I am a Sir Henry Wellcome Postdoctoral Research Fellow in infectious disease epidemiology. My research involves using mathematical modelling to investigate the effects of various interventions on HIV transmission, such as antiretroviral therapy (ART), treatment of herpes simplex virus and microbicides. I am also researching the effects that coinfections such as malaria, tuberculosis, helminths and sexually transmitted infections may have on HIV transmission by enhancing HIV set-point viral load during the long asymptomatic period of infection. Related to my work on the role of ART in HIV control, I am interested in the emergence and spread of antiretroviral drug resistance through populations, particularly sub-Saharan Africa, as antiretroviral therapy coverage is scaled-up in this region.
Through my experience of mathematical modelling I have appreciated the importance of appropriate and accurate estimation of model parameters and as a result have become heavily involved in the systematic review (and meta-analysis, where appropriate) of key model parameters: HIV infectiousness and sexual behaviour. I have been working on estimating HIV transmission risk for various modes of transmission including: HIV risk per act and HIV transmission rate among discordant couples for heterosexual sex, and risks through anal sex, oral sex, blood transfusion and needlestick injury. Most recently I have compared HIV transmission risks reported from prospective discordant couple studies (couples with one infected and one uninfected partner, followed through time to measure rate of transmission to the initially uninfected partner) for couples where the infected partner was receiving ART to those with no ART use (results in press).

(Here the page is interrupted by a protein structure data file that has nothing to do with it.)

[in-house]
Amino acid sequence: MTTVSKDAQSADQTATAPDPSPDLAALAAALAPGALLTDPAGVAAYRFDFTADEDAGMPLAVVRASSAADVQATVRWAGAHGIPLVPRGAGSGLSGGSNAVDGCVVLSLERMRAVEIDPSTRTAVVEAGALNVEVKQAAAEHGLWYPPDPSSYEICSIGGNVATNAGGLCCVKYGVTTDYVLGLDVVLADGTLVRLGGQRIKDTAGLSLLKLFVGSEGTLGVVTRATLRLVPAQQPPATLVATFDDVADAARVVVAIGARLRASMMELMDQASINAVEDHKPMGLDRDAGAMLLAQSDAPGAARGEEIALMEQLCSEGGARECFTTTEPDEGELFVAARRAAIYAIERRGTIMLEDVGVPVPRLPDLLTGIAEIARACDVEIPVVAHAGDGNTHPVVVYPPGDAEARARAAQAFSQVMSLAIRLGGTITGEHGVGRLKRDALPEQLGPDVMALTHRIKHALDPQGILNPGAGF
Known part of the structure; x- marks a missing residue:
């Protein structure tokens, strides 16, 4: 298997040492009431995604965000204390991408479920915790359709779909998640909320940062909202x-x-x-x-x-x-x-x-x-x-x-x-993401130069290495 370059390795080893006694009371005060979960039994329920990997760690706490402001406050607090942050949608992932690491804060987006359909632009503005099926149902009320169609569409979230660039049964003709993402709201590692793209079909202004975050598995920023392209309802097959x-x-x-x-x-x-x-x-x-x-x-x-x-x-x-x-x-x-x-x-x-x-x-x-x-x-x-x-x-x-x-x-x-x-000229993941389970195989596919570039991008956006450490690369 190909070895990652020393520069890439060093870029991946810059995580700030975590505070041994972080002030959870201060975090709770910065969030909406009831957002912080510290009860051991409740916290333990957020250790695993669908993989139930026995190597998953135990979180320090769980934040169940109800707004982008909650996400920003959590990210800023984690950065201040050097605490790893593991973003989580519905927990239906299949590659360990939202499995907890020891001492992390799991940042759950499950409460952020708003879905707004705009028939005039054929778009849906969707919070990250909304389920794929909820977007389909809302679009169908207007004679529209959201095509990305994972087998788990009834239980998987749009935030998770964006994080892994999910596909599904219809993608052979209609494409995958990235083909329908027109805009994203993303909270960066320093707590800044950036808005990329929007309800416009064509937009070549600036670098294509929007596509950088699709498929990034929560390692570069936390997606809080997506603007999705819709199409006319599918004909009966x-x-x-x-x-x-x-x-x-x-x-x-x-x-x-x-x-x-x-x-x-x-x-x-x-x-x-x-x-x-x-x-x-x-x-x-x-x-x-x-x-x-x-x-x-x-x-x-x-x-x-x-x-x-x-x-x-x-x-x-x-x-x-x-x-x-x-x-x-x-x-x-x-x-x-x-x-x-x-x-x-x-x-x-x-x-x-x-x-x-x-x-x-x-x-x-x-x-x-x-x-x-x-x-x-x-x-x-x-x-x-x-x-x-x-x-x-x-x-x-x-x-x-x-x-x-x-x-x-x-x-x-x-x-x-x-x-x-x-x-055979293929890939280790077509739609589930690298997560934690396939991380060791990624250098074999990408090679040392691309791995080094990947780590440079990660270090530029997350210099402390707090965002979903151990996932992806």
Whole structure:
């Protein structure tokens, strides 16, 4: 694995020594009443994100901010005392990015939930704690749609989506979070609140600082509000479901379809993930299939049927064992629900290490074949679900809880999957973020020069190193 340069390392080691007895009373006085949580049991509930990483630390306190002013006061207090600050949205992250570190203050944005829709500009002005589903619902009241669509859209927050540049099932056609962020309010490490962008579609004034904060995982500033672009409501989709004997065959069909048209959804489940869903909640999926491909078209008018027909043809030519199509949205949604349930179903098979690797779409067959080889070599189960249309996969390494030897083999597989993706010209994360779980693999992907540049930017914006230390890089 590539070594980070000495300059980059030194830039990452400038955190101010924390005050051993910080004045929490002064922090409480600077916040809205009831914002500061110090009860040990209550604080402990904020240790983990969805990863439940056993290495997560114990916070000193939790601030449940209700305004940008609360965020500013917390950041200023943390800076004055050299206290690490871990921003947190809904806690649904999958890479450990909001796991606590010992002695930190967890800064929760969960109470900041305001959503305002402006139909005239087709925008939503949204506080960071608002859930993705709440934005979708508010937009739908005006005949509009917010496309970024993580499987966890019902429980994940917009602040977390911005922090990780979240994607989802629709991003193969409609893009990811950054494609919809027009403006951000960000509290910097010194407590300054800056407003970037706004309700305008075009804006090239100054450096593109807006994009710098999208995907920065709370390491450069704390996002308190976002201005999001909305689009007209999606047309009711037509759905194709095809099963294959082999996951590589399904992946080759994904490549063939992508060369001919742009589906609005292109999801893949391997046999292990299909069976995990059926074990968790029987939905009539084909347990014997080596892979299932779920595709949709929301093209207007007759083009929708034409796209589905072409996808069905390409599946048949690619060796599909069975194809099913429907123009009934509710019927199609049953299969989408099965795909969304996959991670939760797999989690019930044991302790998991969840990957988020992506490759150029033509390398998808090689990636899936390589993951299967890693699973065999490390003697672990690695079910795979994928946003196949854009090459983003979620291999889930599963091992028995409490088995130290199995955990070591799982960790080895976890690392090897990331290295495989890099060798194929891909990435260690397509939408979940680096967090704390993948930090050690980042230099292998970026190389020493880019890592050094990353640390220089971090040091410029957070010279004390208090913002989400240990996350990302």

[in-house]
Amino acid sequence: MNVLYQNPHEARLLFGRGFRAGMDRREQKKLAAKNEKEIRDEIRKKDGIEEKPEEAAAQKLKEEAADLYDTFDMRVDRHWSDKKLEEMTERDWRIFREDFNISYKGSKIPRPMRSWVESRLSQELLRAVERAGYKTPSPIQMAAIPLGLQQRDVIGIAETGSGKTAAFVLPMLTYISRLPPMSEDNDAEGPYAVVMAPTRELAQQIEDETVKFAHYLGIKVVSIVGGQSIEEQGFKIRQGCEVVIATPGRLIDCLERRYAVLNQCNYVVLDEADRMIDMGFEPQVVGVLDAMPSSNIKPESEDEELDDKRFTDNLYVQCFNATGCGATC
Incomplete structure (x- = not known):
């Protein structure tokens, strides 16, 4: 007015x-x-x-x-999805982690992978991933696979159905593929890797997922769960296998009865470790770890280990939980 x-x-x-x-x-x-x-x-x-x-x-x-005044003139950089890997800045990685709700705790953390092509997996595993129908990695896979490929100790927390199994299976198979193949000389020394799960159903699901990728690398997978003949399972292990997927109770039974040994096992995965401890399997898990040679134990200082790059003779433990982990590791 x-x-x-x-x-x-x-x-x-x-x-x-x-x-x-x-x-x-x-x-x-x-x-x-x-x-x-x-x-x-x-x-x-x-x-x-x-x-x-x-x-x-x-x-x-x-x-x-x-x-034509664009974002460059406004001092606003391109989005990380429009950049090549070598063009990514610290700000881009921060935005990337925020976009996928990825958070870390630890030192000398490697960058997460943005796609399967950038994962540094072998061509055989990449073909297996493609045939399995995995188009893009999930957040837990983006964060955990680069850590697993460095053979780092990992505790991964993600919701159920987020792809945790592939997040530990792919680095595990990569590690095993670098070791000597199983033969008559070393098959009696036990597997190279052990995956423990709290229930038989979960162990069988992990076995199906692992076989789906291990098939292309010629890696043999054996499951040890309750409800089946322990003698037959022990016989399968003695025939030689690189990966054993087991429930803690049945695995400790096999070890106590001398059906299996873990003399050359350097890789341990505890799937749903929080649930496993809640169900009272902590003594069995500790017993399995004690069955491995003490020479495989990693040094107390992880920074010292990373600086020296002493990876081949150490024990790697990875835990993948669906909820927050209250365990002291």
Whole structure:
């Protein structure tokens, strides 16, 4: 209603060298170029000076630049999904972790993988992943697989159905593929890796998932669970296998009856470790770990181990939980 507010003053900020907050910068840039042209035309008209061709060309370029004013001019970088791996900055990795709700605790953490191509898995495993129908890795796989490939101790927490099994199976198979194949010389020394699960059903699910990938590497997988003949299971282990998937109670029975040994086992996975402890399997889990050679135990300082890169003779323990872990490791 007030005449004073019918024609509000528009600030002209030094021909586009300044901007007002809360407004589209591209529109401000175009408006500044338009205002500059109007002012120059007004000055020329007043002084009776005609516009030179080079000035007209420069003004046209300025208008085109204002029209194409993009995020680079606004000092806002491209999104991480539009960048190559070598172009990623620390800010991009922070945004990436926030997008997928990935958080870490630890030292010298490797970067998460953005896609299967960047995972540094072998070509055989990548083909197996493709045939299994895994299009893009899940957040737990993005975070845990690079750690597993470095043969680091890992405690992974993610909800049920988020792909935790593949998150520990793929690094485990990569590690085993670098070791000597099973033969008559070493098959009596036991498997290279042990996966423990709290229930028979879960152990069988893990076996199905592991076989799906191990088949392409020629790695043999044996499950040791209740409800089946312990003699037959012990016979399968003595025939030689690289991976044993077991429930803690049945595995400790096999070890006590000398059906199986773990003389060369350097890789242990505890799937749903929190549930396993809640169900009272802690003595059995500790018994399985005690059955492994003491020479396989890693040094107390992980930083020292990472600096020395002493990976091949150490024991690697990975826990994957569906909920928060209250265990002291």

Regarding behaviour, I am currently involved in a systematic review of prevalence and frequency of anal sex practice within heterosexual populations. Our reviews of HIV transmission probabilities have highlighted the high risk associated with heterosexual anal sex; therefore we need better estimation of patterns of anal sex within heterosexual populations to estimate its role in driving HIV transmission and its potential role in obscuring the true impact of some interventions (for example, does it dilute the effectiveness of vaginal microbicides?).
My other main research interest remains maternal health within developing countries. I have been estimating the potential impact of interventions such as multivitamin polypills and expanded access to family planning facilities in terms of maternal deaths averted.
I am passionate about the need for effective science communication, especially the process of developing innovative ways to convey complex ideas to different audiences: other researchers, policy makers, funders, media and the general population. I am involved with the Wellcome Trust’s public engagement activities and carried out a placement at the BBC to learn more about science broadcasting.
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